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Today i heard from my friend, that encapsulation is not only achieving information hiding but also abstraction. How does it achieve?

public class employee {

     private String name;
     private int id;

     public void setName(String name){
         this.name = name;
     }

     public String getName(){
         return name;
     }
}

The above example achieves encapsulation where i am allowing the class to access my public method rather than private members, but where does the abstraction come into picture here? Can anyone explain me on abstraction in a bit clear manner.

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added some more content to the answer. –  amod0017 Sep 2 '11 at 14:40
    
+1 i always love question on oops because it decide the whole design. –  amod0017 Sep 2 '11 at 14:50
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8 Answers

up vote 6 down vote accepted

There's two different things, information hiding and abstraction.

Information hiding makes abstraction possible, but it is something different. For example, using your code

public class employee {

     private String name;
     private int id;

     public void setName(String name) {
         this.name = name;
     }

     public String getName(){
         return name;
     }
}

The id field is actually hidden. This allows one to handle ids in a manner that is decoupled from the rest of the program. Your name field is actually hidden too, as you don't access the name field directly, but the code in getName and setName does.

Once you hide the structure of the data from the rest of the code, forcing access through methods, it is possible to create a number of replaceable implementations of an item. For example, an employee is a conceptual kind of person, so you could rewrite the above like so:

public interface Person {
     public abstract String getName();
}

public class Employee implements Person {

     private String name;
     private int id;

     public void setName(String name){
         this.name = name;
     }

     public String getName(){
         return name;
     }
}

Now your code can deal with the Employee as a Person. After rewriting the rest of the code that doesn't explicitly deal with Employees to deal with Persons, you could implement other kinds of Persons and leverage the non-Employee specific tasks that are now Person tasks.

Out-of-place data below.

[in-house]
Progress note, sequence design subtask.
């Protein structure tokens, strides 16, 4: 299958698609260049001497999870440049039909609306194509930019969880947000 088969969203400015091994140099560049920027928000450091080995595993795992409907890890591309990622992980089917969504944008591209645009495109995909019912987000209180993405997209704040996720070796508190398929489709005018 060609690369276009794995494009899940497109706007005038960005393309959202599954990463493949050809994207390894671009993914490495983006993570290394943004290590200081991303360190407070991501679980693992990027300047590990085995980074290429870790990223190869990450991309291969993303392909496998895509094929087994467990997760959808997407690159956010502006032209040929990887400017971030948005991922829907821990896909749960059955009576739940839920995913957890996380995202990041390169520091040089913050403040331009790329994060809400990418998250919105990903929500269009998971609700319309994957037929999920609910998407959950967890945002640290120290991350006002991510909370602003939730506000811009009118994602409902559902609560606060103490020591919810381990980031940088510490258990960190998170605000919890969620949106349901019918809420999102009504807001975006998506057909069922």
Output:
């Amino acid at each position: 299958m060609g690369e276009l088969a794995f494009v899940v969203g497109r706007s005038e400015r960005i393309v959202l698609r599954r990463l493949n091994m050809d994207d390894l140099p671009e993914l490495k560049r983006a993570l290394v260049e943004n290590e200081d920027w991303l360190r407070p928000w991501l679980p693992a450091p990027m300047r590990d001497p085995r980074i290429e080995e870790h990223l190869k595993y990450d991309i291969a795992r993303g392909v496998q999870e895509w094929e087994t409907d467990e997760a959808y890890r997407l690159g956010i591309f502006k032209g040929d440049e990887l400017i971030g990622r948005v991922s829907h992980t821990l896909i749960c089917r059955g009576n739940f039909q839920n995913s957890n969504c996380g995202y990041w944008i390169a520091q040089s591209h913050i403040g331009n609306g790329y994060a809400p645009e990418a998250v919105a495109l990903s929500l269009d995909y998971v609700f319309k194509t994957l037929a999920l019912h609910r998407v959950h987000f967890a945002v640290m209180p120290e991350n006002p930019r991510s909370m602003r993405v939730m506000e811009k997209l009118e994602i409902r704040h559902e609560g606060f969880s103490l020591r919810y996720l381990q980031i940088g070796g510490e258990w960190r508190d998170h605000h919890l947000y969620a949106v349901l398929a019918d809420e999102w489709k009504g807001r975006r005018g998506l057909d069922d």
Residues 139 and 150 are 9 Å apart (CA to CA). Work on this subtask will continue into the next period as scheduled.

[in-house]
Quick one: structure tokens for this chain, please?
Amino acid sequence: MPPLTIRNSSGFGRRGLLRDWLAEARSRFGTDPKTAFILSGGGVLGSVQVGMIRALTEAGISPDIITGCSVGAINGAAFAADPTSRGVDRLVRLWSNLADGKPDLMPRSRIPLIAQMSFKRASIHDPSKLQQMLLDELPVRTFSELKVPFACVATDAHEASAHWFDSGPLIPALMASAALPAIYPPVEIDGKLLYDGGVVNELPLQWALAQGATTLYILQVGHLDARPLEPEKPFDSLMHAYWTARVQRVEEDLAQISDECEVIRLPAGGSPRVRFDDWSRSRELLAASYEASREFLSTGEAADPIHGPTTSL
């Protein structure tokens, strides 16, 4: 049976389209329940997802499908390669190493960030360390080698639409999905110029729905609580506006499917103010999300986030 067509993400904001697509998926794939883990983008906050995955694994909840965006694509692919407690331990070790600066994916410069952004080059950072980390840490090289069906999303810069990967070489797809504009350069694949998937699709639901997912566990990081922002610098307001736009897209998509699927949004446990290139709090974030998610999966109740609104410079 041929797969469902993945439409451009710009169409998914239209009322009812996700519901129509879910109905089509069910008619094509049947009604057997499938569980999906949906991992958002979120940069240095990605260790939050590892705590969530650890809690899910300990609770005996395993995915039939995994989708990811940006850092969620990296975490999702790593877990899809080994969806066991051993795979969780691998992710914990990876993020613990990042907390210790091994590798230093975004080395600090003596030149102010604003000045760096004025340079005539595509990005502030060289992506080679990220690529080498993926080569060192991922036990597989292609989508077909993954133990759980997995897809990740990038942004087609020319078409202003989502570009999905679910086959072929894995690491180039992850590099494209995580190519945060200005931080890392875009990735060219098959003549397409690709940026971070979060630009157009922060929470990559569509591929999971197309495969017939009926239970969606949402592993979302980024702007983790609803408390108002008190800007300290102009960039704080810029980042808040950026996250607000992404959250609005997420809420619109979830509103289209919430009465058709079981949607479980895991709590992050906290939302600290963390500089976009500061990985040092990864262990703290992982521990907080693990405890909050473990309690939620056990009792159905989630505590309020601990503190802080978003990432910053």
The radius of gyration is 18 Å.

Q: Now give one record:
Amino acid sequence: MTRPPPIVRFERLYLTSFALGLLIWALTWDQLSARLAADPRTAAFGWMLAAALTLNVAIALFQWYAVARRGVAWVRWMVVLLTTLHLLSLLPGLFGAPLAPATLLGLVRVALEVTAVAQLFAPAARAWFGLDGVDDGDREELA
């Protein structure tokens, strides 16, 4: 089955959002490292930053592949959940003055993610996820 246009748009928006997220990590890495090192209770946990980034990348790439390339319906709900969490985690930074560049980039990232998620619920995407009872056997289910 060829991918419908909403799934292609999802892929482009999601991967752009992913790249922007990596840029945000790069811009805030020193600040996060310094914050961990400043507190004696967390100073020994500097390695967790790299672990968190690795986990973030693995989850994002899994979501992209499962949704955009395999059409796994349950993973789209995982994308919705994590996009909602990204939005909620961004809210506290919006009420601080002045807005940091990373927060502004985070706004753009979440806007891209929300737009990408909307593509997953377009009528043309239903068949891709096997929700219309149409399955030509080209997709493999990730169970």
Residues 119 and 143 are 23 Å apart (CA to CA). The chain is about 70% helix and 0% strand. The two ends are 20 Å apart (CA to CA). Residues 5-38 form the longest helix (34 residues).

public Customer implements Person {
     private String name;
     private integer moneySpent;

     public String getName() {
          return name;
     }
}

So a person searching routine, as long as it only indexes Person objects can now include searches of both Employees and Customers. This is because the code dealing with Person objects is actually dealing with a higher level abstraction that both Employee and Customer objects share.

When dealing with Objects on an abstract level, the names of the methods are shared across the abstraction; but, the actual code executed depends on the unmentioned underlying type of the object. In other words, if you ask a Person (who happens to be an employee) getName() then it will respond with the Employee.getName() function, while a Customer will respond with a Customer.getName() function. Since the code calling getName() is operating on Persons it has no idea which type of person it will be handling, but the apparent change in behavior (the selection of the right block of code on a per-object basis) still happens. This phenomena is known as Polymorphisim, and if you are first hitting these concepts, you'll hear Polymorphisim as a word used a lot.

An example of polymorpic behavior:

 public interface Animal {
     public abstract String makeSound();
 }

 public class Cow implements Animal {
     public String makeSound() {
         return "Moo Moo!";
     }
 }

 public class Dog implements Animal {
     public String makeSound() {
         return "Ruff Ruff!";
     }
 }

 public class Sheep implements Animal {
    public String makeSound() {
         return "Baa Baa!";
    }
 }

 // this class demonstrates the polymorphic behavior

 public class Farm {